“When we can see each other, [and] facial expressions, it brings energy to conversations and our team members feel more engaged and connected with one another,” said Pat Schmitt, UCare’s chief administrative officer. “It helps everyone read the room.”
UCare regularly stages catered lunches for its workforce and sends Grubhub gift cards to hybrid staff so they can chow down alongside their onsite peers. That gesture is one of the smaller measures UCare has taken to make sure its hybrid and remote team members don’t lose an edge because they are not physically present.
The nonprofit has also formalized a policy to bring meetings to a complete stop when the cameras go off. That’s meant to ensure that decision-making doesn’t continue in the small talk as a gathering winds down, excluding virtual team members.
“In our employee surveys, we heard from people working elsewhere that they want a level playing field,” explained Schmitt. “We want there to be fairness, so that an employee who is in the physical line of sight of a leader doesn’t have an advantage when it comes to coaching and career development.”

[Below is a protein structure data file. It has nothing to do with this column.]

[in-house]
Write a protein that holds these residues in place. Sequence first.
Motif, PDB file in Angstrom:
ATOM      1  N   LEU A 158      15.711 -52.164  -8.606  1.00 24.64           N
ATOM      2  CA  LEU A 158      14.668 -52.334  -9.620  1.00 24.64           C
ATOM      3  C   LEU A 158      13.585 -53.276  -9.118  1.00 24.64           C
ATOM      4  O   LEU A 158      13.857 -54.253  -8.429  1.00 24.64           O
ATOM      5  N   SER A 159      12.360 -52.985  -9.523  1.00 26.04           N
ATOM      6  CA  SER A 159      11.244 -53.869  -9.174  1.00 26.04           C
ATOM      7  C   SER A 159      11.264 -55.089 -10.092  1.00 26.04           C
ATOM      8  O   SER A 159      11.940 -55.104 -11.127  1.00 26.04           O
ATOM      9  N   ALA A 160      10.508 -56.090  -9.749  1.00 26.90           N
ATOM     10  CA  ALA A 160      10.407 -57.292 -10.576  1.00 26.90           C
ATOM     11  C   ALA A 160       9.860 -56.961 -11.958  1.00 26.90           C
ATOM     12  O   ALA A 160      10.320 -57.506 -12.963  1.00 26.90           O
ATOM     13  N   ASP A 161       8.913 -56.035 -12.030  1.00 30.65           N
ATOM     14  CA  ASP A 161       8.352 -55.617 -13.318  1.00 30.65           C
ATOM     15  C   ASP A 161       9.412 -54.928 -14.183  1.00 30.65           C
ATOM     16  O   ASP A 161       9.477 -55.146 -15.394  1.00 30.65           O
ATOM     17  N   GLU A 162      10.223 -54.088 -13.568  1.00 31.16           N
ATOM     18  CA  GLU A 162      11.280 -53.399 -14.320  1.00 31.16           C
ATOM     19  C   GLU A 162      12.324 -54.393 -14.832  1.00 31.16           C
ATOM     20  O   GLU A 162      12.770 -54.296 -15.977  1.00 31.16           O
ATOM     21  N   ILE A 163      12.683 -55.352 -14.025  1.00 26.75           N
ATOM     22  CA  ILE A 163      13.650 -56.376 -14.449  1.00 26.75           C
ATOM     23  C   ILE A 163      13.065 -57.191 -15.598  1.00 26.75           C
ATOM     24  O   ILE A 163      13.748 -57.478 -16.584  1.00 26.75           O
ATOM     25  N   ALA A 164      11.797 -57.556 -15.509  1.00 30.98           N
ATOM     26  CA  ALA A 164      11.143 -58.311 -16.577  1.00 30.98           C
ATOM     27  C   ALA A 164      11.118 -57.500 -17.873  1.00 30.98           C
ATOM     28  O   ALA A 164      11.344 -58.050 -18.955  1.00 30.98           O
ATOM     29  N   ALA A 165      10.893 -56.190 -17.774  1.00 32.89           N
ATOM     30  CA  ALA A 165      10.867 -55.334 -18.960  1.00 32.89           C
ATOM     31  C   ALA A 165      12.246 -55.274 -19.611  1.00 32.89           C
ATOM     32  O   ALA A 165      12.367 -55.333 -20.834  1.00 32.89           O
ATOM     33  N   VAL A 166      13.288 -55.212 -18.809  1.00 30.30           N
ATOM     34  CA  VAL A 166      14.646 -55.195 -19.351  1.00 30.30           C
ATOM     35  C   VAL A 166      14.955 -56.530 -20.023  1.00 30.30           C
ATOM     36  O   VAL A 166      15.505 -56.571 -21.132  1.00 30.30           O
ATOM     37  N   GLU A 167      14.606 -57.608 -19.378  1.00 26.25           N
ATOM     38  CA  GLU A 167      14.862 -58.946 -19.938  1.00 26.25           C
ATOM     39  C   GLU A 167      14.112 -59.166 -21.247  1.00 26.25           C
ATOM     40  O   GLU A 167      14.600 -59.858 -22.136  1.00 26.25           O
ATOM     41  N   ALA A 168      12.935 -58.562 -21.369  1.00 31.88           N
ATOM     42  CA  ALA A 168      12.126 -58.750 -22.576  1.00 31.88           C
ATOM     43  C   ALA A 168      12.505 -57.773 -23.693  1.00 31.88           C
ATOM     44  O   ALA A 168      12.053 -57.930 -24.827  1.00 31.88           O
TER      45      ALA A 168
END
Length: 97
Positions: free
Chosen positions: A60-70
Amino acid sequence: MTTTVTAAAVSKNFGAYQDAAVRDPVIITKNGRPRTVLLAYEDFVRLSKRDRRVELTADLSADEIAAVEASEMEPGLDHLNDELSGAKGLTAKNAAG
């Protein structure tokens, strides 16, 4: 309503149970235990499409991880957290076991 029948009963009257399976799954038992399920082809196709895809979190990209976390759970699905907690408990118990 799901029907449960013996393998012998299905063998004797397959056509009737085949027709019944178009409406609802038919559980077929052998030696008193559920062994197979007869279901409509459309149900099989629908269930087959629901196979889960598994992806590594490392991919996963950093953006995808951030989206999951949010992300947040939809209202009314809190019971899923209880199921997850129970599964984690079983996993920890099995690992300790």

Hybrid the hard way
At Froehling Anderson, No. 9 on the small companies list, the March 2020 shutdown forced everyone to flee the office and work remotely at the CPA firm’s busiest time of the year, with tax deadlines looming.
“People had to change. I was skeptical if we could get the work done, but they did it. It was impressive. It would have been hypocritical if we would have said, you have to come back and have your butt in a chair at the office,” said Al Delage, a partner who heads the tax group.
Now a hybrid worker himself, Delage comes into Froehling Anderson’s St. Louis Park office a few days a week for meetings but otherwise works remotely at his lake place near Princeton. As a senior-level manager, he thinks his embrace of his hybrid status has helped set the tone to allow others to choose the option.
“It’s always been our culture to be together, but culture is not four walls. It’s how we work together, how we treat each other,” he said.
The firm now emphasizes regular check-ins between top leaders and hybrid staff, especially junior team members. The importance of strengthening such contact was a lesson learned the hard way.
“We hired some bright people in the middle of the pandemic and a few left; we weren’t immune to the Great Resignation. They never formed that connection. When we saw that, we stepped up efforts with communication,” Delage said.
“Retention is a big deal for us; we put a lot of effort in recruiting, hiring and training and it’s costly to replace staff.”
Kevyn Burger is a Minneapolis writer.